If you click on a link and make a purchase we may receive a small commission. Read our editorial policy.

Auto Museum 64's free parking lot is packed with stylish 90s racers

No parking, unfortunately

Take a drive down memory lane with me, readers. For this weekend's field trip, we're heading to Auto Museum 64, a free "educational showcase" of late-90s game art - a fascinating study of the Nintendo 64's slickest racecars, rally trucks and high-performance hovercraft brought together under one roof. Get there early, mind. Parkins spaces fill up fast.

Great wee things they are, too - chunky, low-poly vehicles ranging from Ridge Racer's grounded sportscars to the fantastical sci-fi arrows of Wipeout 64. Moving away from the mournful meandering of Press E To, creator Leo Burke's latest is simply a nice collection of some lovely old game art. While groups like Haunted PS1 explore the subtle tension of this period in games, there's also an effortless "cool" - an aggressive flair best carried into the 21st century by developers like Ethan Redd.

Granted, Auto Museum 64 isn't the most immediately picturesque digital museum I've covered on this site. Compared to LIKELIKE Online's murals or the ever-changing white halls of Louie Zong's Bird Museum, it seems first to just be a big parking lot. Hardly day-trip material, is it?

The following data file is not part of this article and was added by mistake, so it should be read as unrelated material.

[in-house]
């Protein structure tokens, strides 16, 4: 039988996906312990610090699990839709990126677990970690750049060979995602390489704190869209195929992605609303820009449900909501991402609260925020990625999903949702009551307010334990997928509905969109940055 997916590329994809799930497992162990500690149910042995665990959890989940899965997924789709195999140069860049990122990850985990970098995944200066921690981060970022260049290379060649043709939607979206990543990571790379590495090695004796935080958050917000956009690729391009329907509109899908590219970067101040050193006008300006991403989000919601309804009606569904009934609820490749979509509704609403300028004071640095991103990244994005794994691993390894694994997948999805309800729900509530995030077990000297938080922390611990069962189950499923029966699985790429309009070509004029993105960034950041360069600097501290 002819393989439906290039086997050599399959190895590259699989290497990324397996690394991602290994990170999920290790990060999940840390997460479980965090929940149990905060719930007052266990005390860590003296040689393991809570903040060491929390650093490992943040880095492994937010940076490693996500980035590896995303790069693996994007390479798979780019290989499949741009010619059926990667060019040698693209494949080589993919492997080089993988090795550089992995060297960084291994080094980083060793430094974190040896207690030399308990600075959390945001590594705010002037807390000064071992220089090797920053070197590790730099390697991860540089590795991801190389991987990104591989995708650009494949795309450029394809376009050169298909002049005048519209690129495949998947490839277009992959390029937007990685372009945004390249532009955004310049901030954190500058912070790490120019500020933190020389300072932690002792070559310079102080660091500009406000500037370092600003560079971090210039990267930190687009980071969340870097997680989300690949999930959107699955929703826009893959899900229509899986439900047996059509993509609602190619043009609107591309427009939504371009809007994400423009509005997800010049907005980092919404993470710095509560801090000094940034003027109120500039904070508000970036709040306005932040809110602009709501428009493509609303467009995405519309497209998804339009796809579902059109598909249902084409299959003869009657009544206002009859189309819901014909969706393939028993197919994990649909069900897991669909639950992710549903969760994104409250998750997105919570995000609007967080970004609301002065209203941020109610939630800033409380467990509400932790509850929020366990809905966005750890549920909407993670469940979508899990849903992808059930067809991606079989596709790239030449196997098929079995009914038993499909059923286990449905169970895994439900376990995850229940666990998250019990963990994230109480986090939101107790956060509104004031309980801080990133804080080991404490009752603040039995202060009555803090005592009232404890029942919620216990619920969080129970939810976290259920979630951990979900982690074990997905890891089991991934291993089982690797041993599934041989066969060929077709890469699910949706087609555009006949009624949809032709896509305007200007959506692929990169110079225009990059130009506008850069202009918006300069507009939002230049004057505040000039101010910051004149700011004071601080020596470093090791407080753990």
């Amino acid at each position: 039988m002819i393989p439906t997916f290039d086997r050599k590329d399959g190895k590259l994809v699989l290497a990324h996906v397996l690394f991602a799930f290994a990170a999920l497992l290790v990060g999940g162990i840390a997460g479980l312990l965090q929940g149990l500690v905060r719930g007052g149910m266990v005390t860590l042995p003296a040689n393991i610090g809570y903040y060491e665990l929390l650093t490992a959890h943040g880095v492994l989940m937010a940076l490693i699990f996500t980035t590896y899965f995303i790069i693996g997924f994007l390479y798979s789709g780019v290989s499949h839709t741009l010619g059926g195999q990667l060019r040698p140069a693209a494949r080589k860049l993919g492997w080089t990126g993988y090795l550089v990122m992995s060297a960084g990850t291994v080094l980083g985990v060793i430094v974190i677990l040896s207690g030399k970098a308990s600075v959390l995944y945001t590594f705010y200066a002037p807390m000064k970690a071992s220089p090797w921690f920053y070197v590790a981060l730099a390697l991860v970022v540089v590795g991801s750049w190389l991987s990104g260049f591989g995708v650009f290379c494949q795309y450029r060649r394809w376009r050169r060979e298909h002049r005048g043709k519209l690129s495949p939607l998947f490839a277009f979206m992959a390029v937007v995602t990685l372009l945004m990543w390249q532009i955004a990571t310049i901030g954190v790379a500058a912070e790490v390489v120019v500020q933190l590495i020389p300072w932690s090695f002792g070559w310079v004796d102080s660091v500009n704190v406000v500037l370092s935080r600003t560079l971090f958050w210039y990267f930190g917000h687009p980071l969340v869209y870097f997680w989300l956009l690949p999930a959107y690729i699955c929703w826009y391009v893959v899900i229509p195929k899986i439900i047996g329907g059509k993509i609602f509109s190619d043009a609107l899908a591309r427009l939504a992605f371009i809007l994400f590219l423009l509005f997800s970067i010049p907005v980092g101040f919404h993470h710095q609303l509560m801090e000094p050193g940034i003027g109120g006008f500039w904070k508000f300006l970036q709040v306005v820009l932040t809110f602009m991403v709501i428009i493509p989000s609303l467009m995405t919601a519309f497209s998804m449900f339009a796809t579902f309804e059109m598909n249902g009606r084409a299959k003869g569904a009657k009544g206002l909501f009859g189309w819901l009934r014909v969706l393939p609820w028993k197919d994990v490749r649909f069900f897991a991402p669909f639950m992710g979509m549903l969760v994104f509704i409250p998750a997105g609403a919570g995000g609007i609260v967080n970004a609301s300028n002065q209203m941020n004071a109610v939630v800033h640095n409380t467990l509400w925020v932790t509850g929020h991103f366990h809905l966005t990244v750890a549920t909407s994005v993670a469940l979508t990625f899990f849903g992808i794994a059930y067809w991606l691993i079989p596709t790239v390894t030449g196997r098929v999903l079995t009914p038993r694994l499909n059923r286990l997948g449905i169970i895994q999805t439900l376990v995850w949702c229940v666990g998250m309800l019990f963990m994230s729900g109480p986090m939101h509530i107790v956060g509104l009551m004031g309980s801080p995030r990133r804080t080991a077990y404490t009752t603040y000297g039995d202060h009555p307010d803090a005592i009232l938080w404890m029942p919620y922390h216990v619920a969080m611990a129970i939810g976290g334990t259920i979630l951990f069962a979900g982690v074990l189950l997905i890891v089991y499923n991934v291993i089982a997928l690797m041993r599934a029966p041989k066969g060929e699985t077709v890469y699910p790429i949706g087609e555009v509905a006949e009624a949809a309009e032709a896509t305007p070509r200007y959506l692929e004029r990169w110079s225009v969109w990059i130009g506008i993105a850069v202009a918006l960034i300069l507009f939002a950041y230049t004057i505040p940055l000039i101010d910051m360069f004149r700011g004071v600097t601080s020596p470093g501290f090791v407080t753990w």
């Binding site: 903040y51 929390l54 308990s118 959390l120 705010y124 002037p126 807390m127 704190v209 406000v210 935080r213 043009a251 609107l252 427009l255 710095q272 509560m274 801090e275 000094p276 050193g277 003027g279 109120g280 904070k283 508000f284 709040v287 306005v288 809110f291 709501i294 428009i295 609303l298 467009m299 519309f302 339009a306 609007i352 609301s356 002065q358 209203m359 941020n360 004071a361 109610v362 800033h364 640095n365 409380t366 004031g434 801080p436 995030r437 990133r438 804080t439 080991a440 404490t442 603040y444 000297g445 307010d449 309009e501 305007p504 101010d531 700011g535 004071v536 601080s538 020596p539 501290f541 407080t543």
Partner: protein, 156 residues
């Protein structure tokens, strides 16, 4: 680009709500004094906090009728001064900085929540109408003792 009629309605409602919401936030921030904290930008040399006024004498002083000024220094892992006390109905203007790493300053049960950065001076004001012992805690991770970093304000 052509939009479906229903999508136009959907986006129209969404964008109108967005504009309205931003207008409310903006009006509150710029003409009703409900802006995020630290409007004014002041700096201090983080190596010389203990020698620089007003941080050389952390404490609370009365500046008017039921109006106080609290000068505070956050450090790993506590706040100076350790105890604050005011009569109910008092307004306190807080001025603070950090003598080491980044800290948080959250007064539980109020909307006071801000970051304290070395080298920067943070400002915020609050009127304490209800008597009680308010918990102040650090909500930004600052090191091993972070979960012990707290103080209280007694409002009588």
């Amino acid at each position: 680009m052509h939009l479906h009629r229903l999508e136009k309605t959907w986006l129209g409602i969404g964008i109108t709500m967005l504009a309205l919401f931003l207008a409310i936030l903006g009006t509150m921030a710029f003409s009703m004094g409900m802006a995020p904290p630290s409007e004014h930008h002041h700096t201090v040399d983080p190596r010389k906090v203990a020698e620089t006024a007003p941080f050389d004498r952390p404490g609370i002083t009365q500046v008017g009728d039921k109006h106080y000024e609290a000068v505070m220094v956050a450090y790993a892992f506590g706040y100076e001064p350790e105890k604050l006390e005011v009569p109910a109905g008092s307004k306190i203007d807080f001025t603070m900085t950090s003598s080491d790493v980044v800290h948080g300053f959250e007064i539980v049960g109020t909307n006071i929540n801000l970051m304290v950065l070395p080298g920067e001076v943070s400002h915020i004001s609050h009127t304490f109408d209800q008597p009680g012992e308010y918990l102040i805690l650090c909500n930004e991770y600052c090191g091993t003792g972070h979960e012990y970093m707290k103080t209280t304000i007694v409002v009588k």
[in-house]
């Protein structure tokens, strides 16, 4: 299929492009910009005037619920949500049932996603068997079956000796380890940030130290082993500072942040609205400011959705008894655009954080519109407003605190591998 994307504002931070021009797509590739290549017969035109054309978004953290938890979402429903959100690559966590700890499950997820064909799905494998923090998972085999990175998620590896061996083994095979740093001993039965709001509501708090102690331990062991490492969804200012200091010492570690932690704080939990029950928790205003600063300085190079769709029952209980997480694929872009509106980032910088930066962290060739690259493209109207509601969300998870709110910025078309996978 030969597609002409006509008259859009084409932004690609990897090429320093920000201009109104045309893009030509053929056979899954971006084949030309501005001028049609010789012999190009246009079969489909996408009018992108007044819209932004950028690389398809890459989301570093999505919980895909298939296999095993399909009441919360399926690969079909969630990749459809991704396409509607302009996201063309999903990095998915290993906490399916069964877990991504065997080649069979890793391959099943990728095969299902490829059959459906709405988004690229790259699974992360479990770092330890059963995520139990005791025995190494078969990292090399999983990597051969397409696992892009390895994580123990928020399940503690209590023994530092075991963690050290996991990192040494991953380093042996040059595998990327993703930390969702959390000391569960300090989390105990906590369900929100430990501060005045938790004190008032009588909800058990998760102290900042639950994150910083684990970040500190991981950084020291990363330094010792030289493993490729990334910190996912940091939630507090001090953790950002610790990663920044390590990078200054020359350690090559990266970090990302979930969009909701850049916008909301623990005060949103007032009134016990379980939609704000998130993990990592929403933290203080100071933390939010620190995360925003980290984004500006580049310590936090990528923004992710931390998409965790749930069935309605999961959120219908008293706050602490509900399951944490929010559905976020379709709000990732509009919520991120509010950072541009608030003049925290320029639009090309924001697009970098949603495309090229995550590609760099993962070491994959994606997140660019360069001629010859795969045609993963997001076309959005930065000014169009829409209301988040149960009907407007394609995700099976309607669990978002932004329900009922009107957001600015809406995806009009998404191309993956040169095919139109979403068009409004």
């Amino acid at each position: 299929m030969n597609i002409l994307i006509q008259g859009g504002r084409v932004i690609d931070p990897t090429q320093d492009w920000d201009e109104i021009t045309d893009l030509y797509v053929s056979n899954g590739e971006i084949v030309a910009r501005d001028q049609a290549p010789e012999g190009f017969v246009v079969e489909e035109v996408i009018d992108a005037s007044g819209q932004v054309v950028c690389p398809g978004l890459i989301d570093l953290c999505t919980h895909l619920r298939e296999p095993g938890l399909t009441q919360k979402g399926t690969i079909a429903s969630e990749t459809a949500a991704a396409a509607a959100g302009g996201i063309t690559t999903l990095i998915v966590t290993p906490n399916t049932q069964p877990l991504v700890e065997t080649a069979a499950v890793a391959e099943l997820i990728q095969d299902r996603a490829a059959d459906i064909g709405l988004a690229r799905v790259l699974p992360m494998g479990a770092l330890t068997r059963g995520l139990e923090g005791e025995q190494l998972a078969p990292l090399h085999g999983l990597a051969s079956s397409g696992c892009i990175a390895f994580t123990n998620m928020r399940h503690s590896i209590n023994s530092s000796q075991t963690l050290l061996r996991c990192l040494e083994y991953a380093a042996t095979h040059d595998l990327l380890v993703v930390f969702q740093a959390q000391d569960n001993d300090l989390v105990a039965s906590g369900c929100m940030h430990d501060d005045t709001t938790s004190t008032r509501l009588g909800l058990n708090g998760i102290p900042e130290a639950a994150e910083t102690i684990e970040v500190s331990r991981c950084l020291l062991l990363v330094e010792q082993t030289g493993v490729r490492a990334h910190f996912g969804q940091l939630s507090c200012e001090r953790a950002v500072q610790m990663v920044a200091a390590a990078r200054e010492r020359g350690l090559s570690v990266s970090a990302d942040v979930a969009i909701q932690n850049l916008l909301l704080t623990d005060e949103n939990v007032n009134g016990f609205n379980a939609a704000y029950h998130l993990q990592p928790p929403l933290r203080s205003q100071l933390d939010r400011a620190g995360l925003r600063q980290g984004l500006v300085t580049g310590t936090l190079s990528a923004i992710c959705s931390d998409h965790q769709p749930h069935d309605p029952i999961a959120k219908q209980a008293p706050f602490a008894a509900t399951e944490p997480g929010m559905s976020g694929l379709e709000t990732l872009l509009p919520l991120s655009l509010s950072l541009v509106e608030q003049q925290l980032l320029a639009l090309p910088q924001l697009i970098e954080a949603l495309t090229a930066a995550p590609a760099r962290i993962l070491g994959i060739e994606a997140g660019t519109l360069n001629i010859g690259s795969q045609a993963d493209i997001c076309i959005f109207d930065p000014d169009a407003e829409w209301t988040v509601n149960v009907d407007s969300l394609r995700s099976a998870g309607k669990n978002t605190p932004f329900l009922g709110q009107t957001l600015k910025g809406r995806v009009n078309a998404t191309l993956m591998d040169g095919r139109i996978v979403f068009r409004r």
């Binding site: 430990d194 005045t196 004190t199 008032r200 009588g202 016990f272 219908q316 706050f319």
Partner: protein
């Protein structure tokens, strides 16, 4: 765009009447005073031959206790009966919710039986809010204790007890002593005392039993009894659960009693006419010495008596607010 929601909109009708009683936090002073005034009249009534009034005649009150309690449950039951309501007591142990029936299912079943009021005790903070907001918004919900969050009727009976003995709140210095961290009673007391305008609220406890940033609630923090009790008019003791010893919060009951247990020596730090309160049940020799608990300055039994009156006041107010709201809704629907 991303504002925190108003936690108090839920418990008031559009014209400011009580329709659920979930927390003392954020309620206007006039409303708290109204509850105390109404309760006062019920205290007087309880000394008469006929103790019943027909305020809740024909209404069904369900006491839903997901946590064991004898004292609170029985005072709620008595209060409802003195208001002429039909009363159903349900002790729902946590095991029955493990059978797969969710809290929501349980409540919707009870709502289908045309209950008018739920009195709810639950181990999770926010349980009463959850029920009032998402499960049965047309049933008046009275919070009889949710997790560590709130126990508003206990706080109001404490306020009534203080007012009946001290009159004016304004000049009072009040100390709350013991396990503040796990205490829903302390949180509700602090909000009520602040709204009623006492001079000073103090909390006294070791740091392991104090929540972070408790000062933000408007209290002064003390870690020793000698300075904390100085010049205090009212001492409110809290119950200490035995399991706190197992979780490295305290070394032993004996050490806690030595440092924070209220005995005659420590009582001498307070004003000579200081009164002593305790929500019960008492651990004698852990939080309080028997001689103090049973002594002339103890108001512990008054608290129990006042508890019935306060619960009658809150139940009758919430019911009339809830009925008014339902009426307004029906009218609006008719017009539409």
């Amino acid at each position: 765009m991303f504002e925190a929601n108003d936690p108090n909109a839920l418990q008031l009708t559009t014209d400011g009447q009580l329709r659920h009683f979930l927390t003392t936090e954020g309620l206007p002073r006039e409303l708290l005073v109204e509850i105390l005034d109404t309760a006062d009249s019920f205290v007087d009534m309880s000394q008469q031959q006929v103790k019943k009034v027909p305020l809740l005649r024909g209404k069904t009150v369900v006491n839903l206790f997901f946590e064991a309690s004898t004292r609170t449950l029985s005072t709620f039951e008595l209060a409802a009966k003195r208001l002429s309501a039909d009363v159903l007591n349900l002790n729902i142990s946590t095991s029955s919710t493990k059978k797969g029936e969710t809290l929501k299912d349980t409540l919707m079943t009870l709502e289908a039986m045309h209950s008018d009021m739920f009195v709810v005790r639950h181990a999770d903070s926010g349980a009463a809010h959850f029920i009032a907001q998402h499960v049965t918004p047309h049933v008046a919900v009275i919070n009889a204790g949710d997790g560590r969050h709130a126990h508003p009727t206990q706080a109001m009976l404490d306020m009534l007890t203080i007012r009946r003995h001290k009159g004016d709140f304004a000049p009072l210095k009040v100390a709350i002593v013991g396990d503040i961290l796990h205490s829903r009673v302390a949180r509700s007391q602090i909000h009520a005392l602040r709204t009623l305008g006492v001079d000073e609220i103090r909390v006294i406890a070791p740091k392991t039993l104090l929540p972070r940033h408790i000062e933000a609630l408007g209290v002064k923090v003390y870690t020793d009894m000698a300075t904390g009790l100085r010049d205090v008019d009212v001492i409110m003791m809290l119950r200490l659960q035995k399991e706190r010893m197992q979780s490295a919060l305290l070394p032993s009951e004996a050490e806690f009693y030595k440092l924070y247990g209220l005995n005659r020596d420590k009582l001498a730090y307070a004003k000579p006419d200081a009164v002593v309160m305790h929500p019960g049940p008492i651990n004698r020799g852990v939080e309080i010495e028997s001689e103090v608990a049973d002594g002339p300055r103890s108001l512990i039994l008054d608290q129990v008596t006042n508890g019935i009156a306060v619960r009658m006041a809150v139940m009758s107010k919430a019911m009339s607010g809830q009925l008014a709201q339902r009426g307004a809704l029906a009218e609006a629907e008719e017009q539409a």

But more than simply showing off some lovely old motors, Auto Museum 64's power is in humanising the people behind the polygons. We've become more used to the idea that the people who make videogames are, well, people, but this mid-90s period often still reads as a black box. Big companies making would-be classics at a time of seismic technological change.

In Burke's museum, each exhibit comes with a list of the artists, animators and modellers who are credited with their creation. We see how many (or how few) people contribute and collaborate to create some of our favourite designs, and we see the secrets and gags they leave behind. Tiny smiles on textured areas never meant to be seen by players, quiet hopes that the artist's work will sell and be appreciated by many.

The museum also offers a brief guide on how to rip models from old games yourself, using emulators and modelling software. I tried a similar process exactly once last year in an effort to export a model from PS1 brawler The Red Star. Long story short, it was a nightmare - capturing a snapshot of an entire scene, trimming away the scenery and fluff, piecing together broken geometry and readjusting textures. Eugh.

It's impressive enough that Burke managed it the once, let alone for an entire garage full of 'em. Well done, then. Auto Museum 64 is free to visit over on Itch.io.

Rock Paper Shotgun is the home of PC gaming

Sign in and join us on our journey to discover strange and compelling PC games.

Related topics
About the Author
Natalie Clayton avatar

Natalie Clayton


Writes news when everyone else is asleep, sometimes